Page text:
Govt allocates $500 000 for commodities exchange

HARARE - Government has allocated $500 000 towards establishment of the Commodity Exchange of Zimbabwe (Comez).

Finance minister Tendai Biti said he expected the exchange to commence operations soon, ahead of the 2013/14 agricultural season.

Comez — which has been on the cards for the past four years — is targeted at playing a key role in unlocking agriculture sector funding.

“The exchange should bring about market discipline, eliminate delayed payments to farmers, as well as ensure a competitive price regime for agricultural produce,” Biti said on Tuesday.

He said the commodity exchange, which will offer spot markets where payment is immediate, is anticipated to ensure efficiency in the marketing of the country’s agricultural products.

A commodity exchange is a market where various goods and derivatives are traded.

Most commodity markets across the world trade in agricultural products and other raw materials including wheat, barley, sugar, maize, cotton, coffee, oil and metals among others.

Other sophisticated products may include interest rates, environmental instruments, swaps, or ocean freight contracts.

Previously, Zimbabwe had a thriving commodity exchange that was closed in 2001 when government granted the Grain Marketing Board (GMB) the exclusive licence to buy maize and wheat.

However, in 2009, government liberalised the market following GMB’s failure to pay farmers timeously.

“We welcome a situation where GMB is the buyer of last resort as opposed to the current system where GMB is the buyer of first resort,” Biti said.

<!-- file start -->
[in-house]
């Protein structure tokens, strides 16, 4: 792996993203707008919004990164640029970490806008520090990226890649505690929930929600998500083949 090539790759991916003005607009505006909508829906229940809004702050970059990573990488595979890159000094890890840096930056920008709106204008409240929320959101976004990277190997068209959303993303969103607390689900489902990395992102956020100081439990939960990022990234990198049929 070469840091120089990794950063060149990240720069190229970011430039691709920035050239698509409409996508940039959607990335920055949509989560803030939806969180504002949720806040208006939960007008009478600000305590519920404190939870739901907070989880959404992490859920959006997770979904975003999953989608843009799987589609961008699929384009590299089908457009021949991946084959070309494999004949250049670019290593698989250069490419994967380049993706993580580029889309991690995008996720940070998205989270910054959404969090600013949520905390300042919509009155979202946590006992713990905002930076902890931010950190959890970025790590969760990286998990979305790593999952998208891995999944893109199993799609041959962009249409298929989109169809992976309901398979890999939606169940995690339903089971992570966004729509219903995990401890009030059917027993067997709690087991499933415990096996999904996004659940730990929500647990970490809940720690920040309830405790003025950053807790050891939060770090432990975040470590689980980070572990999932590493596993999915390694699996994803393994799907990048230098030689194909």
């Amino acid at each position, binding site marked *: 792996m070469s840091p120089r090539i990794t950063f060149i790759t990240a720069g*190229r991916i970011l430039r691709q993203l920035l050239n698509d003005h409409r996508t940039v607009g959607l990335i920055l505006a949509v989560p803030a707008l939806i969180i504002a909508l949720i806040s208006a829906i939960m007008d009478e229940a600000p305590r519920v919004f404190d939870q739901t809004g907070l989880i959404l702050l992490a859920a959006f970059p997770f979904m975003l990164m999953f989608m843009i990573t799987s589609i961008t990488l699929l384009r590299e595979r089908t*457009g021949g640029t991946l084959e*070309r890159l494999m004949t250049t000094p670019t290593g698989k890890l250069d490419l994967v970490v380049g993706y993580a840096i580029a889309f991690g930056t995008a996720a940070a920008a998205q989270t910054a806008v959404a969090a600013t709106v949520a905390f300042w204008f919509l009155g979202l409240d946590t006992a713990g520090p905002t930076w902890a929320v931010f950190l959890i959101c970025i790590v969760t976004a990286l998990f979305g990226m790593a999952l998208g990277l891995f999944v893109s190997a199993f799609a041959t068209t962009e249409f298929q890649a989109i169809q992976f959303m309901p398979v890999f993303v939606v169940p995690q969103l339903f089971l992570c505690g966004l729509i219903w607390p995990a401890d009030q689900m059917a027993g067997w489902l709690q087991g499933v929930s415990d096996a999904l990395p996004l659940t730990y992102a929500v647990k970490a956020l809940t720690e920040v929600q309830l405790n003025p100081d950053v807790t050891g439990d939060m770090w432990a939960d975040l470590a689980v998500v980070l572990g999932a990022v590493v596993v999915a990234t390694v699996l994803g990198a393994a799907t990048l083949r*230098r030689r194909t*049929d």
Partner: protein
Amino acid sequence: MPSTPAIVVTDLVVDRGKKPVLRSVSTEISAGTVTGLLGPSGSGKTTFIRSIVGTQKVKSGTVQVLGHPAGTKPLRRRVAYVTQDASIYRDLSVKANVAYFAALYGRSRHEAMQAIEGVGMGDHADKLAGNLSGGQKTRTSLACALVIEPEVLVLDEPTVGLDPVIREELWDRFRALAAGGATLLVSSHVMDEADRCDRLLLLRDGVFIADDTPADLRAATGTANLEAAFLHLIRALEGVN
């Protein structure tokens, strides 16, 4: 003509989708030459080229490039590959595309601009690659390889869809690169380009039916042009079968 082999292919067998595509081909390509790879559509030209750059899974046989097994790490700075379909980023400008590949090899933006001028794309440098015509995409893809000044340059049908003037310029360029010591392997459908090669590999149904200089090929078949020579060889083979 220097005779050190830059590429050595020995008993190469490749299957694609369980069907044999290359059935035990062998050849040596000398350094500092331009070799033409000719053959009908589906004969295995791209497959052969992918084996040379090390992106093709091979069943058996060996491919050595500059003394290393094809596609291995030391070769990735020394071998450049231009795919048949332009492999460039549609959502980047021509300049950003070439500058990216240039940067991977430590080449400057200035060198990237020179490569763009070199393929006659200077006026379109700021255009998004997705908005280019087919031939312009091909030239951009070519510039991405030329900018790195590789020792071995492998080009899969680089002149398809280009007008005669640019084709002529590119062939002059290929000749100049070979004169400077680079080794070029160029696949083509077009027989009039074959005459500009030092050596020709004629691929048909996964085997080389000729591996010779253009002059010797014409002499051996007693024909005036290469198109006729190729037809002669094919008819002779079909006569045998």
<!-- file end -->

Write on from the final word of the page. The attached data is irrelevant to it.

Market observers say the setting up of a commodity exchange will assist in mobilising financial resources, which are fundamental in funding agricultural products and eliminate monopolies enjoyed by various entities in marketing and purchase of agricultural products.

Exchange will provide information and hints on which crops have a deeper market and greater profit margin before investment is made by the farmer or market participants.

With the advantage of more market players and reduced monopoly power, it is also anticipated that liquidity will increase through clearing house.

Zimbabwe recently engaged Malawi’s commodity exchange seeking advice on how to re-establish a similar trade platform.

Commodity exchanges are part of a move to try to revitalise agricultural productivity in Africa and should be seen as part of a holistic solution, including agricultural extension, support infrastructure for small farmers including quality warehousing, and finance as well as market price information. - John Kachembere

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